Roberto Martinez insists this is Belgium's "golden generation" and does not see any similarities with England's flops of the mid-2000s.
This group of Belgium players has long been lauded, but the Red Devils' best performance of recent years saw them finish only third at the 2018 World Cup.
As pressure builds on the side at the 2022 finals, where there have been reports of veteran stars quarrelling, coach Martinez has come to their defence.
He sought to highlight the contributions of Belgium's leading men off the pitch, as well as on it, and suggested the England team given the same label under Sven-Goran Eriksson were not comparable.
"It's interesting, because when I arrived in 2016, there was talk of a 'golden generation'," Martinez said on Wednesday.
"Clearly we were not the golden generation. The golden generation of Belgian football was 1986 in Mexico. They were the ones who arrived into the semi-finals.
"Since then, these players showed incredible commitment to the national team. We're talking about players who left Belgium very young, they went into the best dressing rooms in European football, they win trophies, and they're always committed.
"We have eight players with over 100 caps; we have Thibaut Courtois reaching his 100th cap against Croatia. You've got players who gave their career for the national team.
"This generation is the golden generation of Belgian football, there is no doubt.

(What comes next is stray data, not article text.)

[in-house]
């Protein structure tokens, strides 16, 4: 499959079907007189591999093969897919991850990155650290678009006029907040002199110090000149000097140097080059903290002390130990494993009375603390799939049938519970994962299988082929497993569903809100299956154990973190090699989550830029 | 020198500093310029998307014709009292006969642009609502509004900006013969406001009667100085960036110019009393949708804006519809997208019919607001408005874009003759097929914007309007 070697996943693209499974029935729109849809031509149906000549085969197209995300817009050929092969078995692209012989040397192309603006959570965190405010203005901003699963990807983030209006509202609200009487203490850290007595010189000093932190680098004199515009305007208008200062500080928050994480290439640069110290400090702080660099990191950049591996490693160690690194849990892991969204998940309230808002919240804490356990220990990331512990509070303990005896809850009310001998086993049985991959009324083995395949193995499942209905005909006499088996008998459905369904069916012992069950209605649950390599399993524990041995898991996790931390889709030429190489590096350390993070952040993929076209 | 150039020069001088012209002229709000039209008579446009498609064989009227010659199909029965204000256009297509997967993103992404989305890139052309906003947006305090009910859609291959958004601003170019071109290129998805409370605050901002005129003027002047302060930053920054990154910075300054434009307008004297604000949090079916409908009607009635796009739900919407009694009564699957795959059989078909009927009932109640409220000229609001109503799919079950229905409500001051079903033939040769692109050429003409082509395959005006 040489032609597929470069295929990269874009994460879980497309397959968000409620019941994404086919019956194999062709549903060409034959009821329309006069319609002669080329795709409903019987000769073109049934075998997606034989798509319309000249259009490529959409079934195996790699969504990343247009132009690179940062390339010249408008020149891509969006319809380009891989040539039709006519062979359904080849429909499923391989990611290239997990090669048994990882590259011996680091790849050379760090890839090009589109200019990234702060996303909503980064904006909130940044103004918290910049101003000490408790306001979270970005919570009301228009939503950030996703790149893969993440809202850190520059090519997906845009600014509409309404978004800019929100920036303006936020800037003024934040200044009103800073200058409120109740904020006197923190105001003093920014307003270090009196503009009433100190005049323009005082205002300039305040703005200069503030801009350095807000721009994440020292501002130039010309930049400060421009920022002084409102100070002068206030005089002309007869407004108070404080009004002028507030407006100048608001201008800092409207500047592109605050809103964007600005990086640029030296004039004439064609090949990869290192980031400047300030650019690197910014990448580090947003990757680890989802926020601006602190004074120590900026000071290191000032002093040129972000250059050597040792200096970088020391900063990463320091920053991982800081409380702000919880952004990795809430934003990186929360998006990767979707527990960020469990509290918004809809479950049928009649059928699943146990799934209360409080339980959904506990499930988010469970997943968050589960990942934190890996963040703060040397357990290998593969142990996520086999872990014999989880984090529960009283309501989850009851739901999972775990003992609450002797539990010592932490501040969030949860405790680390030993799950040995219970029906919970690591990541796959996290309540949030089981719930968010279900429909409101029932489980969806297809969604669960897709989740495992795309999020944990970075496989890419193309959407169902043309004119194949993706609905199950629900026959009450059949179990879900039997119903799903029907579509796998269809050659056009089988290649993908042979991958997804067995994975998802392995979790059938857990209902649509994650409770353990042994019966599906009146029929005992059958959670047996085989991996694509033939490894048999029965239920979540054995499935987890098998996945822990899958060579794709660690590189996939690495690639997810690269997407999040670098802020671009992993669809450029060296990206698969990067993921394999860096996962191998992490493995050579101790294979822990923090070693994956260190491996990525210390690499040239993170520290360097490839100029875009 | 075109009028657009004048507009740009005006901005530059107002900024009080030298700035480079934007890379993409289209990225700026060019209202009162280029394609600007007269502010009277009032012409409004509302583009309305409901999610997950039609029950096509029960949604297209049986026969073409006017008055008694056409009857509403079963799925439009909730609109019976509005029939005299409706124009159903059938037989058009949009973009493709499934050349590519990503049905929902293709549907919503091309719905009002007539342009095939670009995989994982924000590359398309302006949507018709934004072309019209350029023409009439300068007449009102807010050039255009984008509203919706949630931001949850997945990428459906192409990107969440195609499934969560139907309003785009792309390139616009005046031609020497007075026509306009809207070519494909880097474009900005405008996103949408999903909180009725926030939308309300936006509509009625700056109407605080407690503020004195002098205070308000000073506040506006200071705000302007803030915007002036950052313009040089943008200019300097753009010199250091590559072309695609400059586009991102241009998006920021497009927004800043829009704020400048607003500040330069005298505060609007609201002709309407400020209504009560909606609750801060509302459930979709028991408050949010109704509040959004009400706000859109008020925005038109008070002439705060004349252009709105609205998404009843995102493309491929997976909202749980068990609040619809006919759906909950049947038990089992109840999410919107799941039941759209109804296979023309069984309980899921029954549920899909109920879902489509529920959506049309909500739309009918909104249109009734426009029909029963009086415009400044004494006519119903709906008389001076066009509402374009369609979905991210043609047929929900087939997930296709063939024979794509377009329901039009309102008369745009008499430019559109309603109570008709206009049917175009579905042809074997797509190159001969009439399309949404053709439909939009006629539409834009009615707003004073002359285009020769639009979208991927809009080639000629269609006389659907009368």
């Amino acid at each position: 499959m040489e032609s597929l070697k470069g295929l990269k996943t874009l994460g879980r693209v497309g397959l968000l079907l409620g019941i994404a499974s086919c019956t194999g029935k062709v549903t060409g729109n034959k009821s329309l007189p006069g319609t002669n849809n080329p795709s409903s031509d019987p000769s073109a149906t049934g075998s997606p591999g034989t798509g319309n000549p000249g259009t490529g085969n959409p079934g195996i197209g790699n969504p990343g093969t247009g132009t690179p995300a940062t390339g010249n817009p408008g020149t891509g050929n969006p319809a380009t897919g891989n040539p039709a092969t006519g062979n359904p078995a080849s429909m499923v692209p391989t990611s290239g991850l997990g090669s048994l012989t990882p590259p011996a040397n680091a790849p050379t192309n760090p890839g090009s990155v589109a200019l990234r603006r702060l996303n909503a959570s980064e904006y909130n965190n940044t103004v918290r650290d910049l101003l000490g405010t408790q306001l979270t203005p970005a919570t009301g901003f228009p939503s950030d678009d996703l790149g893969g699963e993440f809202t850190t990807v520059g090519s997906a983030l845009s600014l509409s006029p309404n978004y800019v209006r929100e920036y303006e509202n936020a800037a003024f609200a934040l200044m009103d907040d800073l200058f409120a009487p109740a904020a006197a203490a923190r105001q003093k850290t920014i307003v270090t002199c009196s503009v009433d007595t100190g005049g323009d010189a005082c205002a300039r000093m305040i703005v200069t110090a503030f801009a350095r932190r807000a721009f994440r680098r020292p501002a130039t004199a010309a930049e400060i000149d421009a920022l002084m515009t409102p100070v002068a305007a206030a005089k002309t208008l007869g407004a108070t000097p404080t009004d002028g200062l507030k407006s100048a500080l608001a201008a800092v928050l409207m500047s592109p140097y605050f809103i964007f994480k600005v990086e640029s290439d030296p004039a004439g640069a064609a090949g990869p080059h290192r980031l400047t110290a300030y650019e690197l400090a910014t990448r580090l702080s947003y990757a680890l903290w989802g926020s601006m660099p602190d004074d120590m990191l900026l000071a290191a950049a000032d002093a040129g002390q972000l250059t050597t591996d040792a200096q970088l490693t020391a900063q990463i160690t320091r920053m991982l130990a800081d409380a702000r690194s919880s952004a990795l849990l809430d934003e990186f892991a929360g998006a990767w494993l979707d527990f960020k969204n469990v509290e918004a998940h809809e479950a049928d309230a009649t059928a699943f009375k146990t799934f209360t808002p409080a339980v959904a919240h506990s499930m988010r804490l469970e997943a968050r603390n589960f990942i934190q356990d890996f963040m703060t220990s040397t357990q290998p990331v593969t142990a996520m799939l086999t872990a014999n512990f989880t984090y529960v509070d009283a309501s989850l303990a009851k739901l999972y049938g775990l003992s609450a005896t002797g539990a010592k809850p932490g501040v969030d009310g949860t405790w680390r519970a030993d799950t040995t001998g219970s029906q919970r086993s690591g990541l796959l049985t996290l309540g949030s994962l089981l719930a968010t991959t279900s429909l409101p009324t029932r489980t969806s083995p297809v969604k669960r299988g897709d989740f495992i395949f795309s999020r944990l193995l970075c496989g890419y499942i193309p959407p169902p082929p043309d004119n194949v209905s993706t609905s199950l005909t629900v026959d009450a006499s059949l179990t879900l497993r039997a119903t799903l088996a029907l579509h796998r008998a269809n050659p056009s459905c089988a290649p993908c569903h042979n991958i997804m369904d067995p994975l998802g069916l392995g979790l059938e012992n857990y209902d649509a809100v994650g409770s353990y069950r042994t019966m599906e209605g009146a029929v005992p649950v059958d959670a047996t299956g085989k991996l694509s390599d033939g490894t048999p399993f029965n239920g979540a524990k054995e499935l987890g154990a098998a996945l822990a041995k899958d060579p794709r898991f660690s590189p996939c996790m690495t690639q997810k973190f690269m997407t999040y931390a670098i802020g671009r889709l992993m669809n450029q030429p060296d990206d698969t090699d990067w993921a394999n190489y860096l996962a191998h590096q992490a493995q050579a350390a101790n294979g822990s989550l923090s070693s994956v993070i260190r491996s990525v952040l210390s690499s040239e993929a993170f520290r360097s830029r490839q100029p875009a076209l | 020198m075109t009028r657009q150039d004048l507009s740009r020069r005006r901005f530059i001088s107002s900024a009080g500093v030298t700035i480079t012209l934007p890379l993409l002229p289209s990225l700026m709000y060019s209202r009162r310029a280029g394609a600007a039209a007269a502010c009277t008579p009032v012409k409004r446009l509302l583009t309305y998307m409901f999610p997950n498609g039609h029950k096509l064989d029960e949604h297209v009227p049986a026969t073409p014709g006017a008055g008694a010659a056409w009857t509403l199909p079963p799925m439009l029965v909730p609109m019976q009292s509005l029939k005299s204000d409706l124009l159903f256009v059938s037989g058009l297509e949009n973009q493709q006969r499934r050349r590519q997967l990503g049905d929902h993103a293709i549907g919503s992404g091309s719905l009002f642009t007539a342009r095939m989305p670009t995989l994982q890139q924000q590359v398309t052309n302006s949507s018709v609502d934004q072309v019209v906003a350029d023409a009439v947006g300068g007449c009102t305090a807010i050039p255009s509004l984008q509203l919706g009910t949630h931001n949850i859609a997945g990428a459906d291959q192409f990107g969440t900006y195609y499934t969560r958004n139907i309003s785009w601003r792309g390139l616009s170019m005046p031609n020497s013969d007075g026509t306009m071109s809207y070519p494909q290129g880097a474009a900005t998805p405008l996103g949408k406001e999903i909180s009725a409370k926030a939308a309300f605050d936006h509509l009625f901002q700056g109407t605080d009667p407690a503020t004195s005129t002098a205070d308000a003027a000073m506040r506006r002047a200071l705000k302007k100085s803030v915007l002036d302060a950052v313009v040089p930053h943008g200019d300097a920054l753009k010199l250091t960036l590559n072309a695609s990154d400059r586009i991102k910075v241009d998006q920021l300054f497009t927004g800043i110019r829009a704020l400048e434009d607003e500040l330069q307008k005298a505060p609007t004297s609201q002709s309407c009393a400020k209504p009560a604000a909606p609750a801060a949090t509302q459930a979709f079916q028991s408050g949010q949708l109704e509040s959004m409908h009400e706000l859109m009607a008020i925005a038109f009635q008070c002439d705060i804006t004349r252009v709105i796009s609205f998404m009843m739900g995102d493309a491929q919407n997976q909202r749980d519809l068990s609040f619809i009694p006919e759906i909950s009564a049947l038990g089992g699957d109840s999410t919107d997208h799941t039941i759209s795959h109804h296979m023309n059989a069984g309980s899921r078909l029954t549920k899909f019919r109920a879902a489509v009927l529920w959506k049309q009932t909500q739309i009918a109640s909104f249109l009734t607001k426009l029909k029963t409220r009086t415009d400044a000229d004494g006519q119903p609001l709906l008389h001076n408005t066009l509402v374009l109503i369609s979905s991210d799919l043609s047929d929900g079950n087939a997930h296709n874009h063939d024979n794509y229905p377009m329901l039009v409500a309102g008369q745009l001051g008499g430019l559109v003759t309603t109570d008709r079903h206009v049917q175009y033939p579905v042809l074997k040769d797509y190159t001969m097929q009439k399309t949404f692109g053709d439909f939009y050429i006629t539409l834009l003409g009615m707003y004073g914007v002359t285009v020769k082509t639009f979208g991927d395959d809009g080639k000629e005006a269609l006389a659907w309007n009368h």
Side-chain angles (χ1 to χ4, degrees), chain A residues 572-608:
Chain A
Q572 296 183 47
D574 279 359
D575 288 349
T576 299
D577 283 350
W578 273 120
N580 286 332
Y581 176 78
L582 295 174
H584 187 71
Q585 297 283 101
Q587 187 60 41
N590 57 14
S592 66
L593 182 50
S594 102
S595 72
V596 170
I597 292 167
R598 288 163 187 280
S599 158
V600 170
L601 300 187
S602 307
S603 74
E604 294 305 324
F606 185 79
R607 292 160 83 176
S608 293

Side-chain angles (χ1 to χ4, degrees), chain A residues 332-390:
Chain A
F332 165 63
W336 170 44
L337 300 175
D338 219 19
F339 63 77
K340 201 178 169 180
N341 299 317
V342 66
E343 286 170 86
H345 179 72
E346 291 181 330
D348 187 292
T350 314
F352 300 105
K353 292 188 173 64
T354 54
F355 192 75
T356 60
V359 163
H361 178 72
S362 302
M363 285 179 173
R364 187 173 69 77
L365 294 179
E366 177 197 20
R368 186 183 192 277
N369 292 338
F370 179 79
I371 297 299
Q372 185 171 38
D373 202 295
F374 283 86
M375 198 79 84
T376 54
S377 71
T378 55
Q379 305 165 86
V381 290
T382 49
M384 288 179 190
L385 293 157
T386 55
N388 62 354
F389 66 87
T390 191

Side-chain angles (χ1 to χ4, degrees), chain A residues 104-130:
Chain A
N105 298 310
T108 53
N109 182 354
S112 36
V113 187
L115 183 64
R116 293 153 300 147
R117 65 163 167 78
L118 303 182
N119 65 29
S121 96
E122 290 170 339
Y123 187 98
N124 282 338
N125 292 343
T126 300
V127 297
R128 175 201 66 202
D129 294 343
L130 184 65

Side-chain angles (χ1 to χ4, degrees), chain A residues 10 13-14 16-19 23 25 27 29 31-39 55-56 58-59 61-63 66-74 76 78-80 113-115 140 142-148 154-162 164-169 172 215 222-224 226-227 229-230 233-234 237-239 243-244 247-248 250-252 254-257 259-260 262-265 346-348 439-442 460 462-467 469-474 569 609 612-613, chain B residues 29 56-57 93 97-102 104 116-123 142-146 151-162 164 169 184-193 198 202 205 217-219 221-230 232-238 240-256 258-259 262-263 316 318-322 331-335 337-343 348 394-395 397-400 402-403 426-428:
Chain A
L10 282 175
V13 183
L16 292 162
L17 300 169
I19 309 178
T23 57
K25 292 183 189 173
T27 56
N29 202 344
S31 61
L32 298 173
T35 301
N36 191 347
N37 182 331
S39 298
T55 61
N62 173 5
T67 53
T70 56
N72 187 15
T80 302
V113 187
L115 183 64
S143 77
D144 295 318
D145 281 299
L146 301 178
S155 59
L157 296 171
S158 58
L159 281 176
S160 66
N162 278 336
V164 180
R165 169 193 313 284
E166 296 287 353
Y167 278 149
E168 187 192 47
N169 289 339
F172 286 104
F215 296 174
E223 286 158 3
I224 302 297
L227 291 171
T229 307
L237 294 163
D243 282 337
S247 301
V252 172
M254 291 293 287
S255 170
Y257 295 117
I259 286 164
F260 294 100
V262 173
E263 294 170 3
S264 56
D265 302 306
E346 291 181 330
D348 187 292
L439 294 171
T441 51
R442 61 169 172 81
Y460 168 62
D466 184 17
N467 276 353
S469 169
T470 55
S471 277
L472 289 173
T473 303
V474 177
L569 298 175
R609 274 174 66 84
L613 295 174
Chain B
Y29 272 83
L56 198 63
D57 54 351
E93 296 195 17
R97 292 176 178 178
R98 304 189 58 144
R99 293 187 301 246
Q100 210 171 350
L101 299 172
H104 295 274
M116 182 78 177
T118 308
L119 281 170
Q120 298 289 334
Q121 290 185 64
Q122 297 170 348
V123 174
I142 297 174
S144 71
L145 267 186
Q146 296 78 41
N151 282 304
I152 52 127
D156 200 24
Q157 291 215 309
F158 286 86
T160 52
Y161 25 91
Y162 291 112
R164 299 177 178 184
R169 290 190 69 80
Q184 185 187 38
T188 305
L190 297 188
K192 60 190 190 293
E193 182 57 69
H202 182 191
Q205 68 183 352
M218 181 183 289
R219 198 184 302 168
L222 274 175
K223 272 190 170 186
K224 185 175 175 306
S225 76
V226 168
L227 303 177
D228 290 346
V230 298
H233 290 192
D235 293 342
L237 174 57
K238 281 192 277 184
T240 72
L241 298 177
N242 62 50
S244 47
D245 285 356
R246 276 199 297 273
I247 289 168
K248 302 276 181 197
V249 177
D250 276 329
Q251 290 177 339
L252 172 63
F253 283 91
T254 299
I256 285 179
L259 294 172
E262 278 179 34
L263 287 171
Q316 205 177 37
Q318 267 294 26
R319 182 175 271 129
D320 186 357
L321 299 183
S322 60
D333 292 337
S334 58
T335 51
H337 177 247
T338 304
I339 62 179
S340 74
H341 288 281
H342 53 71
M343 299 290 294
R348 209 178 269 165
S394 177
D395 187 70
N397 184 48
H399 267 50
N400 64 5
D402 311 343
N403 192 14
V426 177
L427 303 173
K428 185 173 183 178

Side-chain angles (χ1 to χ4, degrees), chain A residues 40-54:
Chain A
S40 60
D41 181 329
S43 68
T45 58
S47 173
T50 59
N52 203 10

"They got the bronze medal in 2018, they kept the national team for four years at the number one spot in the world rankings, a population of 11,000,000.
Together pic.twitter.com/rkY6fwXX2g— Thibaut Courtois (@thibautcourtois) November 28, 2022
"Twenty-one of them got their A [coaching] licences. This generation is going to carry on impacting Belgian football from a coaching point of view for the next 20 years.
"They were able to build a new training facility, state of the art, that is going to change Belgian football for the next generations.
"What you can say is this generation haven't won a major tournament. But leaving a legacy goes a lot further than winning a tournament. I'm sure you can find national teams who win tournaments and they don't leave a legacy.
"This group of players deserve respect, deserve admiration for what they've done.
"From here, we can win, draw, lose, but with the legacy of this generation, I am the proudest person because I've been able to work with them, to see day to day how much they care.
"The next 20 years in Belgian football will not be the same because of this generation.
"You cannot compare it to England. England was a group of players that were sensational, outstanding at a group level, and they never found the way to do that with the international team. Comparisons are totally, totally impossible."